destination in its own right, so we spent a few days there enjoying the peace and tranquility, bird life, landscape/seascape and sunshine. As you see, we were berthed in the North Haven next to the island’s lifeline vessel the ‘Good Shepherd’. Fair Isle is Britain’s most isolated inhabited island – population approx. 70 – with life (other than the Bird Observatory) mainly based around traditional crofting supplemented with various craft activities. The coastline is very rugged with geos, cliffs, stacks and skerries all around, with the shoreline easily accessible in only a few places. We enjoyed a slide show on South Georgia at the Observatory last night and this afternoon left for Shetland. We are now in Scalloway and looking forward to exploring the west coast of Shetland before making for Lerwick.

Orkney




Orkney

Originally uploaded by arctica.

We sailed on past Handa, then had a sudden man-overboard drill as the dinghy painter parted. Despite the wind, the dinghy drifted away slower than expected, and we were able to down sail and motor back for it in good style. We spent the night in Kinlochbervie, a pale shadow of a once busy fishing harbour, being the first yacht of the year to call. From there we made the 13 hour passage round Cape Wrath and across to Orkney. Since then we have sunbathed in Stromness, bussed across to Kirkwall, and visited the Scapa Flow anchorages of Houton, St Mary’s, St Margaret’s Hope (photo) and Burray (beside the Churchill Barrier). At St Margaret’s Hope, on South Ronaldsay, we cycled the length and breadth of the island and had a fine dinner at The Creel restaurant, run by Alan Craigie, Scotland’s Restaurant Chef of the Year 2006. Now back in Stromness, we plan to go west-about round the Mainland and into Kirkwall in the face of a deteriorating weather forecast.

ON PAST THE OLD MAN OF STOER




ON PAST THE OLD MAN OF STOER

Originally uploaded by arctica.

On passage from Tanera Mor (Summer Isles) to Lochan Saile (Badcall) we took Arctica close inshore for this photo of the Old Man of Stoer. It being Saturday we hoped to see climbers, but were disappointed. However, a fixed traverse rope from the shore side remains in place. There is always an extra frisson of excitement on entering an anchorage for the first time, and so it was with Lochan Saile. The approach from Eddrachillis Bay is through a scattering of islands and islets, past narrows with a central reef, then a final turn in to a sheltered pool, well protected by reefs. Here we are enjoying the proximity of red throated divers and greylag geese.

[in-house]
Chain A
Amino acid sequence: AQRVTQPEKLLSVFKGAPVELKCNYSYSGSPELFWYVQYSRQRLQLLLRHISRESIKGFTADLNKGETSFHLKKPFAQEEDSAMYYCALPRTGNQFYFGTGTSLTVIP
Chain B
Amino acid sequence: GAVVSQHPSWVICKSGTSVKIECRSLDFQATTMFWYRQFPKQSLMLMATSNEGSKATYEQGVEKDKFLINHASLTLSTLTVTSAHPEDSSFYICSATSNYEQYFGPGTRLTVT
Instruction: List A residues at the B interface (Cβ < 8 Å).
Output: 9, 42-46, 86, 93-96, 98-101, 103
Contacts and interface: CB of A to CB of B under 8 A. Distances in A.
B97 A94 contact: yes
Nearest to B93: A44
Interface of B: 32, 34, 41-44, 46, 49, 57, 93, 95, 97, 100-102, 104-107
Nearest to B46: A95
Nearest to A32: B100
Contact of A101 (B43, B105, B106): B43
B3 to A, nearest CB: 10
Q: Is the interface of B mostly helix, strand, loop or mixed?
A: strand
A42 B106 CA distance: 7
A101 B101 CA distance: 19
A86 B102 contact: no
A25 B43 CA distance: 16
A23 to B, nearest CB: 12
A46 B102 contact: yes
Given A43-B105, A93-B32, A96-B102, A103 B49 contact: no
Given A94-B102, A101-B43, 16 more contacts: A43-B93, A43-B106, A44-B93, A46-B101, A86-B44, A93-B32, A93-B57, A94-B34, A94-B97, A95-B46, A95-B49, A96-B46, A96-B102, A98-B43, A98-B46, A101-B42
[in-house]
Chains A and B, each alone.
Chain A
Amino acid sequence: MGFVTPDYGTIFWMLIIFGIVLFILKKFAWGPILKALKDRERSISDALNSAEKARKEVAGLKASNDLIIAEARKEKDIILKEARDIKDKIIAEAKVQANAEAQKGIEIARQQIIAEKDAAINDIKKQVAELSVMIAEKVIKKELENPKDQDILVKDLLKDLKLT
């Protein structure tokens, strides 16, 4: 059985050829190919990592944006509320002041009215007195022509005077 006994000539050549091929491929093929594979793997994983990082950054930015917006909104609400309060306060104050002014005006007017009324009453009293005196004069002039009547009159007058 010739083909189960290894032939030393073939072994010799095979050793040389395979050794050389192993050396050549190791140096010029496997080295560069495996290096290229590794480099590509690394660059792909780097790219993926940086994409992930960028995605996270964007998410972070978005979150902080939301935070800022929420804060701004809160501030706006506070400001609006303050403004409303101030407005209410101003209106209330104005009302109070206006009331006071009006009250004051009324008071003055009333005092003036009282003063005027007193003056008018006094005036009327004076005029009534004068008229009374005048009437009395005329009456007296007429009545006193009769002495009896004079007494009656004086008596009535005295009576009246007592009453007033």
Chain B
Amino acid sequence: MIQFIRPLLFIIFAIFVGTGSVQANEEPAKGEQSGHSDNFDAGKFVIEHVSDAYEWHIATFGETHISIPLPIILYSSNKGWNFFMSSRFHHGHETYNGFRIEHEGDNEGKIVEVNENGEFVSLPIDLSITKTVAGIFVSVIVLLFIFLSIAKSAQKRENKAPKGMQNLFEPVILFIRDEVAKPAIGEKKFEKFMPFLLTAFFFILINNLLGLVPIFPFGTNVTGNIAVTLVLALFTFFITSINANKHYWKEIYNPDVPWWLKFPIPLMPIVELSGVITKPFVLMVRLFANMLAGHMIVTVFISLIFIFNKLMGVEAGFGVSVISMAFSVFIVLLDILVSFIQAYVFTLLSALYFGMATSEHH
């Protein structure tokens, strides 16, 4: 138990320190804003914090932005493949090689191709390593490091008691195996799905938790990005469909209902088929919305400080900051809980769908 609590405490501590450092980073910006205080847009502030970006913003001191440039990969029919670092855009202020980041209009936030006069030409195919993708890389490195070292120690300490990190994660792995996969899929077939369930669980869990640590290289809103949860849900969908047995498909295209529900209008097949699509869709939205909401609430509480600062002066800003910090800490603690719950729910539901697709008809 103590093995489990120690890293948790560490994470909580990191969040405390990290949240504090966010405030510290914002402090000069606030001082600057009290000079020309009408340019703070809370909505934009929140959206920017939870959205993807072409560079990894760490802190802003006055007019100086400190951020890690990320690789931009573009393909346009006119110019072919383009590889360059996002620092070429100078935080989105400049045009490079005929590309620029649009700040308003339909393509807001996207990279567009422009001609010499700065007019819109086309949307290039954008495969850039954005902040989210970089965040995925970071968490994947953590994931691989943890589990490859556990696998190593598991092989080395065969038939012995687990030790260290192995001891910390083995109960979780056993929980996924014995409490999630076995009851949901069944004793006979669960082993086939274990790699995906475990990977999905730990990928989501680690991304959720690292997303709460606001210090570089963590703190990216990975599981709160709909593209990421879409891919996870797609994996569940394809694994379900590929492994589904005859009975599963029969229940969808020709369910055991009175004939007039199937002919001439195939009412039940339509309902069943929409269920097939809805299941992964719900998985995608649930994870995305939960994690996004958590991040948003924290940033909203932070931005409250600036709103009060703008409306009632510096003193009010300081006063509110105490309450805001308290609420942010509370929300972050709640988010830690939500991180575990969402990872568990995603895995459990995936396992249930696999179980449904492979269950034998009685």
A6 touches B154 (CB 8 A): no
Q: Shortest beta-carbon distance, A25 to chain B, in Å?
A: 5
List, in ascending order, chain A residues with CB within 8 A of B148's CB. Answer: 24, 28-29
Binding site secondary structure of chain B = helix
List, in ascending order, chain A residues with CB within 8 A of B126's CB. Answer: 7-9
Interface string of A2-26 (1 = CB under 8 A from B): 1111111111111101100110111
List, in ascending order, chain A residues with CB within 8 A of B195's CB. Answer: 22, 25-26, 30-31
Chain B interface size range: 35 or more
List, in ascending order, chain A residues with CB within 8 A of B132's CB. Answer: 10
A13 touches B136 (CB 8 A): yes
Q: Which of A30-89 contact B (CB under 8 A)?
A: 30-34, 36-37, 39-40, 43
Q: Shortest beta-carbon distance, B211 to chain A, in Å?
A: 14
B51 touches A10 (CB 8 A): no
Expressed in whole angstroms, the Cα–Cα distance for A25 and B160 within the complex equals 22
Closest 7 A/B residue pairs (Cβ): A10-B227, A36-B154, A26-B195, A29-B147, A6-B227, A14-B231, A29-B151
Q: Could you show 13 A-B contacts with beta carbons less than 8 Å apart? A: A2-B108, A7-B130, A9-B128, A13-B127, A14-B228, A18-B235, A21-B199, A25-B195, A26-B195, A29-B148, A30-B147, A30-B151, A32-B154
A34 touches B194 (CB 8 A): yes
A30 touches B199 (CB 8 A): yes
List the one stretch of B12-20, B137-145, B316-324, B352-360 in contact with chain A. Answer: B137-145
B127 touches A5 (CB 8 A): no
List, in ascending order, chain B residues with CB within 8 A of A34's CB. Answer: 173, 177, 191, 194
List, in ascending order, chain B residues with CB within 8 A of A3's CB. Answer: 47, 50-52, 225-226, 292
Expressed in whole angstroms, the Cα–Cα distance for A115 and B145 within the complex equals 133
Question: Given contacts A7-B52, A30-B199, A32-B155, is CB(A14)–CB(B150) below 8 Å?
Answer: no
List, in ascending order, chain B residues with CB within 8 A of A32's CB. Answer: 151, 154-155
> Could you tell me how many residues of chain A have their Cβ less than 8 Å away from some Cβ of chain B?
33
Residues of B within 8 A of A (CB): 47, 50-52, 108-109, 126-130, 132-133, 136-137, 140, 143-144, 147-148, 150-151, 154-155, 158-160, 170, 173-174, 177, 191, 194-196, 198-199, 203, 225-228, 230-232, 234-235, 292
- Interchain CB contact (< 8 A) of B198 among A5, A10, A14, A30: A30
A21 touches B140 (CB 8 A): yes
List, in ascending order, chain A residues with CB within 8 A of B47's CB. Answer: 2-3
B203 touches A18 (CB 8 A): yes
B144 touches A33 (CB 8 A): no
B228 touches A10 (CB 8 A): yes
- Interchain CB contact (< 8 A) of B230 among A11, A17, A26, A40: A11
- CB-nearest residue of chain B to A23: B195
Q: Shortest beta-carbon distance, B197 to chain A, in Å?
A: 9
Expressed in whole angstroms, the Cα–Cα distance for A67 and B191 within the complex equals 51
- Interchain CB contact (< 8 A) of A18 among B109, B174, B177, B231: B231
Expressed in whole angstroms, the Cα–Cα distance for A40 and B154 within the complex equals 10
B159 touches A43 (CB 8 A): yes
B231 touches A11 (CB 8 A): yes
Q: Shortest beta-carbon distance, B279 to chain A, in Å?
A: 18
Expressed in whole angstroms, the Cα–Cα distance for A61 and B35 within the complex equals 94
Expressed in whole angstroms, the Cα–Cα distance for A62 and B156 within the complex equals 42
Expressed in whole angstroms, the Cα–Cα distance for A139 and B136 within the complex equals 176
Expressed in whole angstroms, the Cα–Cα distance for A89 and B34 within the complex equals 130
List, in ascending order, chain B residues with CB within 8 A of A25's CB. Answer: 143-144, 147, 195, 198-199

OOPS!




OOPS!

Originally uploaded by arctica.

The skipper of a neighbouring yacht, obviously suffering more from cabin fever than we were, took “Judicious” out for an evening spin (or to seek the end of the rainbow over at Kyle?) but took an injudicious course across the old ferry slip and ran aground very publicly. Fortunately, it was around low water and the only damage was his acute embarrassment – he floated off again an hour later. We gave the slip a wide berth on leaving the next morning!

KYLEAKIN




KYLEAKIN

Originally uploaded by arctica.

The Mate rejoined ship after a free bus trip up from Glasgow. On a dreich day of mist and rain we bussed to Portree to replenish stores,
and sat out a second day of frequent showers, some of hail. As the photo shows, it is an attractive place to lie, alongside a pontoon under the ruins of Dunollie Castle with Loch Duich and the hills of Kintail to the east.

TORRIDON HILLS




TORRIDON HILLS

Originally uploaded by arctica.

Fine weather, if a bit short of wind, continued as we visited Fladday
south, Acarseid Mor (S Rona), inner Loch Torridon (where the views of
the hills were magnificent) and Shieldaig, returning to Kyleakin by way of a short stop at the inner anchorage of the Crowlin Islands. Cass caught (just) the train back to Inverness after a sprint across the bridge to Kyle of Lochalsh.